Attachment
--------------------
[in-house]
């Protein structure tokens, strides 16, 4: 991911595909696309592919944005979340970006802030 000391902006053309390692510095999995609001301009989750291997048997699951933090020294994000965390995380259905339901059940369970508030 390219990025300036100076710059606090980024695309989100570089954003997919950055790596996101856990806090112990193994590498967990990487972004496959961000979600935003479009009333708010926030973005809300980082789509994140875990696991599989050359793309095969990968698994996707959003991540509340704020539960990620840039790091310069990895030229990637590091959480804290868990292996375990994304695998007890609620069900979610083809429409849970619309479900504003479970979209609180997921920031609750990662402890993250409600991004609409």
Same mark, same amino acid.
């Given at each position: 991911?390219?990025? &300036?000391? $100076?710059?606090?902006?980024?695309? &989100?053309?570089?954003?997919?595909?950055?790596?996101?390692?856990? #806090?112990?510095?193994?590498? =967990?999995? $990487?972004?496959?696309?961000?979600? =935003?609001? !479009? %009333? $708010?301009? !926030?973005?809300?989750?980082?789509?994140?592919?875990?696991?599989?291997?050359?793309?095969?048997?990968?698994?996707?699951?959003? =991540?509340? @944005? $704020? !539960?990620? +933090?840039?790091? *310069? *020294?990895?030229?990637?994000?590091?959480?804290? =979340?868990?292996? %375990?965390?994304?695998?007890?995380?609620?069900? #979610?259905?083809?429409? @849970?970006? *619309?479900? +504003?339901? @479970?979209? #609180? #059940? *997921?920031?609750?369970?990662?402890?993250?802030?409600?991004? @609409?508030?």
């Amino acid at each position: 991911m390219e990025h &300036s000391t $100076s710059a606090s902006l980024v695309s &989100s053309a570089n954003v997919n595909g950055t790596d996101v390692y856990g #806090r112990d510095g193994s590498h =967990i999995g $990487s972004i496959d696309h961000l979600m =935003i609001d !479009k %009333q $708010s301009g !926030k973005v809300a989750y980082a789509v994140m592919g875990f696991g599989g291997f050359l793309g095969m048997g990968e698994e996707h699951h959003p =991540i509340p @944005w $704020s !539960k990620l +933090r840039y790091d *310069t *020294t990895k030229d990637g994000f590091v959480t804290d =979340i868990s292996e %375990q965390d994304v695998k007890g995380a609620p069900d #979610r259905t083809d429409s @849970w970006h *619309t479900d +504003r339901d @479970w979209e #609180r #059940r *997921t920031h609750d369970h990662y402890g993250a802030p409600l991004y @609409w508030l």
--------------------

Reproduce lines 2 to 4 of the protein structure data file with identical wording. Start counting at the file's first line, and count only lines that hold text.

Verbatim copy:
């Protein structure tokens, strides 16, 4: 991911595909696309592919944005979340970006802030 000391902006053309390692510095999995609001301009989750291997048997699951933090020294994000965390995380259905339901059940369970508030 390219990025300036100076710059606090980024695309989100570089954003997919950055790596996101856990806090112990193994590498967990990487972004496959961000979600935003479009009333708010926030973005809300980082789509994140875990696991599989050359793309095969990968698994996707959003991540509340704020539960990620840039790091310069990895030229990637590091959480804290868990292996375990994304695998007890609620069900979610083809429409849970619309479900504003479970979209609180997921920031609750990662402890993250409600991004609409």
Same mark, same amino acid.
């Given at each position: 991911?390219?990025? &300036?000391? $100076?710059?606090?902006?980024?695309? &989100?053309?570089?954003?997919?595909?950055?790596?996101?390692?856990? #806090?112990?510095?193994?590498? =967990?999995? $990487?972004?496959?696309?961000?979600? =935003?609001? !479009? %009333? $708010?301009? !926030?973005?809300?989750?980082?789509?994140?592919?875990?696991?599989?291997?050359?793309?095969?048997?990968?698994?996707?699951?959003? =991540?509340? @944005? $704020? !539960?990620? +933090?840039?790091? *310069? *020294?990895?030229?990637?994000?590091?959480?804290? =979340?868990?292996? %375990?965390?994304?695998?007890?995380?609620?069900? #979610?259905?083809?429409? @849970?970006? *619309?479900? +504003?339901? @479970?979209? #609180? #059940? *997921?920031?609750?369970?990662?402890?993250?802030?409600?991004? @609409?508030?």